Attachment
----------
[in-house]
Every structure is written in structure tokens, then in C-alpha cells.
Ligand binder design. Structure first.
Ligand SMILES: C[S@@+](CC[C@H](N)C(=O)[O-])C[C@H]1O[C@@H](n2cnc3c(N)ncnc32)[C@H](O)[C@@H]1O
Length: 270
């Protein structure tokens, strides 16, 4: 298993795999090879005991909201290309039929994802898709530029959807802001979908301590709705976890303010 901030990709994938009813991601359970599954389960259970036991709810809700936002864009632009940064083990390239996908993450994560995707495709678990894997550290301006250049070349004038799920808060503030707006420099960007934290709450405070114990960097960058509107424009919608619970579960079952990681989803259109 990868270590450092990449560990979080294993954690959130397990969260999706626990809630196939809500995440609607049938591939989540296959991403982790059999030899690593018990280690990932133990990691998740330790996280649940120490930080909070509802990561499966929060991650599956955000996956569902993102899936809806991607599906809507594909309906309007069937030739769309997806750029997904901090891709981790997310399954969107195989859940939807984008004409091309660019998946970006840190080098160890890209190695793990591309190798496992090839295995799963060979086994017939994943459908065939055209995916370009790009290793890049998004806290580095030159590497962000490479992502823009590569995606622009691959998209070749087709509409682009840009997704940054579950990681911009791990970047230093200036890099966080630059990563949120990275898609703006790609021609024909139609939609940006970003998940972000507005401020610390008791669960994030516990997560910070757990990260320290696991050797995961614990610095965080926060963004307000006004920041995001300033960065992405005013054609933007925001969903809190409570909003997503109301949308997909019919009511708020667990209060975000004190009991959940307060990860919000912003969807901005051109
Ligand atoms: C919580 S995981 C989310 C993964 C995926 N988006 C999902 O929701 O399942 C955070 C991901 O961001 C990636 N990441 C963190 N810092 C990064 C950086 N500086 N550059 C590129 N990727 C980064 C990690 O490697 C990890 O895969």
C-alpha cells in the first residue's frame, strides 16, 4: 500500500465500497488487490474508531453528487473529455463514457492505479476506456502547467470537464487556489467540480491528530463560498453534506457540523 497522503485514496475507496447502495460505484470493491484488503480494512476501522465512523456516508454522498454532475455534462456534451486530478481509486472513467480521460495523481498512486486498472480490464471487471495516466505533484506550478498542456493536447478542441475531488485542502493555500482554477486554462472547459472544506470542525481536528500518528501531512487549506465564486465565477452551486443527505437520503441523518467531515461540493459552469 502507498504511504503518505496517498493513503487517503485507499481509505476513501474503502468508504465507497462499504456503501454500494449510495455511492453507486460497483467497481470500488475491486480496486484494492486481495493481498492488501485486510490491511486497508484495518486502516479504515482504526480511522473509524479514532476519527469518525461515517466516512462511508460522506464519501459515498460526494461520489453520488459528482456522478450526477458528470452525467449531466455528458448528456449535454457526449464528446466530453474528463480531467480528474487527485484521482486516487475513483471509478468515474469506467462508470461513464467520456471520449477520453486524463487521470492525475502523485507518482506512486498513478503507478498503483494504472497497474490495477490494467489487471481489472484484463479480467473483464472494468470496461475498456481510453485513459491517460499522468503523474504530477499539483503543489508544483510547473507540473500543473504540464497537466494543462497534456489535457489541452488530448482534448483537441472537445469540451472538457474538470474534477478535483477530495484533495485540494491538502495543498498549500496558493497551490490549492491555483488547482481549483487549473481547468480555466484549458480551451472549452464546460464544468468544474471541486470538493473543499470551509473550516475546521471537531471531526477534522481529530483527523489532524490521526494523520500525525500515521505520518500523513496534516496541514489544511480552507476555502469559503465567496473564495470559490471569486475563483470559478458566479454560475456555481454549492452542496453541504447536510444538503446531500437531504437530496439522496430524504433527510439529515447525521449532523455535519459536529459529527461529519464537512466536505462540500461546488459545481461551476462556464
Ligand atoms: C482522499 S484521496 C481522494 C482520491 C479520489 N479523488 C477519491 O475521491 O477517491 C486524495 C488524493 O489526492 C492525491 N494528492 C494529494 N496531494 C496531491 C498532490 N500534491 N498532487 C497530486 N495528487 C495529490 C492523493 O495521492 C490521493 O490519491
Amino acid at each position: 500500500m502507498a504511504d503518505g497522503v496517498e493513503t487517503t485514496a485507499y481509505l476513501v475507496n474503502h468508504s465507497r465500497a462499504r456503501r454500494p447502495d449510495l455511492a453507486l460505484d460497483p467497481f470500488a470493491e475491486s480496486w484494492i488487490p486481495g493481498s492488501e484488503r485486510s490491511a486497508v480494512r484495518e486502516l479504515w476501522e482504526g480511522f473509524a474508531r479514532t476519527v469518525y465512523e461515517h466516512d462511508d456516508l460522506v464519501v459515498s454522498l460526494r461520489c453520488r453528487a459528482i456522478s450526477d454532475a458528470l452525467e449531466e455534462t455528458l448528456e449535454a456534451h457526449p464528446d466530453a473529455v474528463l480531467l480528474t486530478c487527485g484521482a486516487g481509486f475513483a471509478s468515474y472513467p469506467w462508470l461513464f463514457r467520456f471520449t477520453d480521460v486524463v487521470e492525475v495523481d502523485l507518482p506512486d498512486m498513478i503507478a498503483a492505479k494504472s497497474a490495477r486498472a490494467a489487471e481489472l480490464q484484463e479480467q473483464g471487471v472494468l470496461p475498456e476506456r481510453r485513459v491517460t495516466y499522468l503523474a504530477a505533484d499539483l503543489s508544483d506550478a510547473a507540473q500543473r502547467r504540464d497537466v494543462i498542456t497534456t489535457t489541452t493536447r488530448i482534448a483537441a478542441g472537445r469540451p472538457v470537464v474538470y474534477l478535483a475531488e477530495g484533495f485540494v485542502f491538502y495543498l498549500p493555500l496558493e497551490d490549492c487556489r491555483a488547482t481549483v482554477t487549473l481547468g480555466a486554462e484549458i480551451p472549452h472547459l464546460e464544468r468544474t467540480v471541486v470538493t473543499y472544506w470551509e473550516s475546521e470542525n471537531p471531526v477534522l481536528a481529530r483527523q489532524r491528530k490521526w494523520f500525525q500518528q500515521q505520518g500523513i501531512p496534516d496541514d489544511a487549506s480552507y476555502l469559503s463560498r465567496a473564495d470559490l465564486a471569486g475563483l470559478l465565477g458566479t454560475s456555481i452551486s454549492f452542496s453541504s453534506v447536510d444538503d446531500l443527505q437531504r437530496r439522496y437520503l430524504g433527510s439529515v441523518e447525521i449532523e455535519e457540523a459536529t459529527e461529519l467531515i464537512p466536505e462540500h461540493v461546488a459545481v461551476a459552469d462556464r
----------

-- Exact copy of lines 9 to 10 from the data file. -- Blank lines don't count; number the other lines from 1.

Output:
Ligand atoms: C482522499 S484521496 C481522494 C482520491 C479520489 N479523488 C477519491 O475521491 O477517491 C486524495 C488524493 O489526492 C492525491 N494528492 C494529494 N496531494 C496531491 C498532490 N500534491 N498532487 C497530486 N495528487 C495529490 C492523493 O495521492 C490521493 O490519491
Amino acid at each position: 500500500m502507498a504511504d503518505g497522503v496517498e493513503t487517503t485514496a485507499y481509505l476513501v475507496n474503502h468508504s465507497r465500497a462499504r456503501r454500494p447502495d449510495l455511492a453507486l460505484d460497483p467497481f470500488a470493491e475491486s480496486w484494492i488487490p486481495g493481498s492488501e484488503r485486510s490491511a486497508v480494512r484495518e486502516l479504515w476501522e482504526g480511522f473509524a474508531r479514532t476519527v469518525y465512523e461515517h466516512d462511508d456516508l460522506v464519501v459515498s454522498l460526494r461520489c453520488r453528487a459528482i456522478s450526477d454532475a458528470l452525467e449531466e455534462t455528458l448528456e449535454a456534451h457526449p464528446d466530453a473529455v474528463l480531467l480528474t486530478c487527485g484521482a486516487g481509486f475513483a471509478s468515474y472513467p469506467w462508470l461513464f463514457r467520456f471520449t477520453d480521460v486524463v487521470e492525475v495523481d502523485l507518482p506512486d498512486m498513478i503507478a498503483a492505479k494504472s497497474a490495477r486498472a490494467a489487471e481489472l480490464q484484463e479480467q473483464g471487471v472494468l470496461p475498456e476506456r481510453r485513459v491517460t495516466y499522468l503523474a504530477a505533484d499539483l503543489s508544483d506550478a510547473a507540473q500543473r502547467r504540464d497537466v494543462i498542456t497534456t489535457t489541452t493536447r488530448i482534448a483537441a478542441g472537445r469540451p472538457v470537464v474538470y474534477l478535483a475531488e477530495g484533495f485540494v485542502f491538502y495543498l498549500p493555500l496558493e497551490d490549492c487556489r491555483a488547482t481549483v482554477t487549473l481547468g480555466a486554462e484549458i480551451p472549452h472547459l464546460e464544468r468544474t467540480v471541486v470538493t473543499y472544506w470551509e473550516s475546521e470542525n471537531p471531526v477534522l481536528a481529530r483527523q489532524r491528530k490521526w494523520f500525525q500518528q500515521q505520518g500523513i501531512p496534516d496541514d489544511a487549506s480552507y476555502l469559503s463560498r465567496a473564495d470559490l465564486a471569486g475563483l470559478l465565477g458566479t454560475s456555481i452551486s454549492f452542496s453541504s453534506v447536510d444538503d446531500l443527505q437531504r437530496r439522496y437520503l430524504g433527510s439529515v441523518e447525521i449532523e455535519e457540523a459536529t459529527e461529519l467531515i464537512p466536505e462540500h461540493v461546488a459545481v461551476a459552469d462556464r